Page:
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Country&#39s conveyancing system has its tensions but remains popular

Scotland operates a different conveyancing system to England and Wales, and although generally considered less tortuous, it does put different pressures on buyers and sellers.

In Scotland, the contract is formed in a series of letters known as missives which are signed by both the buyer&#39s and the seller&#39s solicitors. It becomes legally binding at an early stage in the housebuying process.

Sellers put their houses on the market on an &#39offers over&#39 basis, usually soliciting several offers, particularly in the current period of heavy demand. Once made, offers are legally binding and neither party can withdraw without being held liable for any resulting losses for the other party.

Everybody has to put in a sealed offer by a set date which means purchasers have to second-guess and outbid other offers. There&#39s no opportunity for haggling or pulling out. When demand is strong, this system benefits the seller. In Head of Muir, a three-bedroom bungalow on the market for four weeks at offers over £72,000 recently sold for £92,100, more than 30% over the asking price, says the Edinburgh Solicitors Property Centre.

But Bill Moncrieff, director of Clarkson Hill Mortgage Company, says the system of blind bids shouldn&#39t be blamed for rising property prices. “Buyers don&#39t just pluck figures out of the air. Their solicitor will look at the last time the property was sold, prices generally in that area, and how far buyers typically bid over the offer price. Only then will they make their recommendation.”

The highest bid doesn&#39t always win the property. Each offer will also include a named date of entry into the property which could be weeks or months hence. Somebody offering a lower price could secure the property if their moving-in date fits in with the seller&#39s plans.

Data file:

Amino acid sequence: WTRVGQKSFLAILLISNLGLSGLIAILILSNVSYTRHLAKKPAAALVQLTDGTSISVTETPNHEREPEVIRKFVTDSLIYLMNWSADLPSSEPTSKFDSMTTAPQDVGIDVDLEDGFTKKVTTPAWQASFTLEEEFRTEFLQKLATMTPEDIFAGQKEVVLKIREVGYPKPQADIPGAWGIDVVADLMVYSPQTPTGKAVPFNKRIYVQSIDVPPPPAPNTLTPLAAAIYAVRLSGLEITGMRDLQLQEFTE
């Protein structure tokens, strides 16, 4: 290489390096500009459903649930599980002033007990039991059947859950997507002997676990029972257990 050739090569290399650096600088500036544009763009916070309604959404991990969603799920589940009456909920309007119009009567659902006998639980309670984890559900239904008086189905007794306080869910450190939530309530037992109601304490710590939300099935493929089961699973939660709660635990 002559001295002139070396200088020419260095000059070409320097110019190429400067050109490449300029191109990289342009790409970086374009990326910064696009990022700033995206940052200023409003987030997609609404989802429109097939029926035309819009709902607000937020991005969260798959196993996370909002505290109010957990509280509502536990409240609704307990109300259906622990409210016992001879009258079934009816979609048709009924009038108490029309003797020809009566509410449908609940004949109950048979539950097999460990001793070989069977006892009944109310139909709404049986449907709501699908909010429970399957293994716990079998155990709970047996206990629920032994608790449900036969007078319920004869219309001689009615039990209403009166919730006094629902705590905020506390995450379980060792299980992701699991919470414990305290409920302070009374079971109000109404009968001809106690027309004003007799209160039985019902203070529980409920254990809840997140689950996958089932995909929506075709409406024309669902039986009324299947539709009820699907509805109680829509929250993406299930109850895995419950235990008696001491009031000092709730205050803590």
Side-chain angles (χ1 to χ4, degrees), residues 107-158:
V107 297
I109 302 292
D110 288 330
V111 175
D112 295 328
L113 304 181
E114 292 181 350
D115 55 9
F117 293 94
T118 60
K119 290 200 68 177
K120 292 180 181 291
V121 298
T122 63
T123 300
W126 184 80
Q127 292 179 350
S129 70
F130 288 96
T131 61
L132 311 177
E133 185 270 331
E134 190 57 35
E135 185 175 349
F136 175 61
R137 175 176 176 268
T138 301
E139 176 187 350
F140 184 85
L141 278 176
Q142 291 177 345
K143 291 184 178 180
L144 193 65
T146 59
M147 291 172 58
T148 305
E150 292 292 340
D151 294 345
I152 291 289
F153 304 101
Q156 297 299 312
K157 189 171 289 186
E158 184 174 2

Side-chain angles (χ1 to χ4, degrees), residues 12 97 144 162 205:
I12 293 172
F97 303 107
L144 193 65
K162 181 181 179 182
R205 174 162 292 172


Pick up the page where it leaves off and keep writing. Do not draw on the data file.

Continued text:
This means gazumping doesn&#39t exist north of the border but the drawback for buyers is that they must pay for their own survey and valuation, which costs several hundred pounds. This is wasted money if they come second in the bidding war – particularly if they lose out on a string of properties. This problem affects one in three buyers and reports that never lead to sales cost £9m a year.

A further problem for buyers is that after their bid has been agreed they have to move home quickly. If they fail, the offer is still legally binding and they may have to ask their bank for a bridging loan. The system also causes difficulties for sellers because once the sale and moving-out dates are agreed they must leave their home even if they fail to find a new property. They also have to put themselves through the blind bidding process.

The Scottish Executive is committed to a pilot project designed to cut down on multiple surveys by making the seller responsible for commissioning a stage two full structural survey. But the June launch date is under threat after the Royal Institute of Chartered Surveyors expressed its lack of confidence in the scheme, claiming it was being driven through with “unseemly haste”.

“Although it is a pilot scheme it is dealing with real people, real properties and real money, and there is a lasting responsibility to all those involved to get it right,” says RICS director Peter Miller.

The Scottish conveyancing system may continue to have its tensions but nobody north of the border would swap it for the vagaries of the English system.


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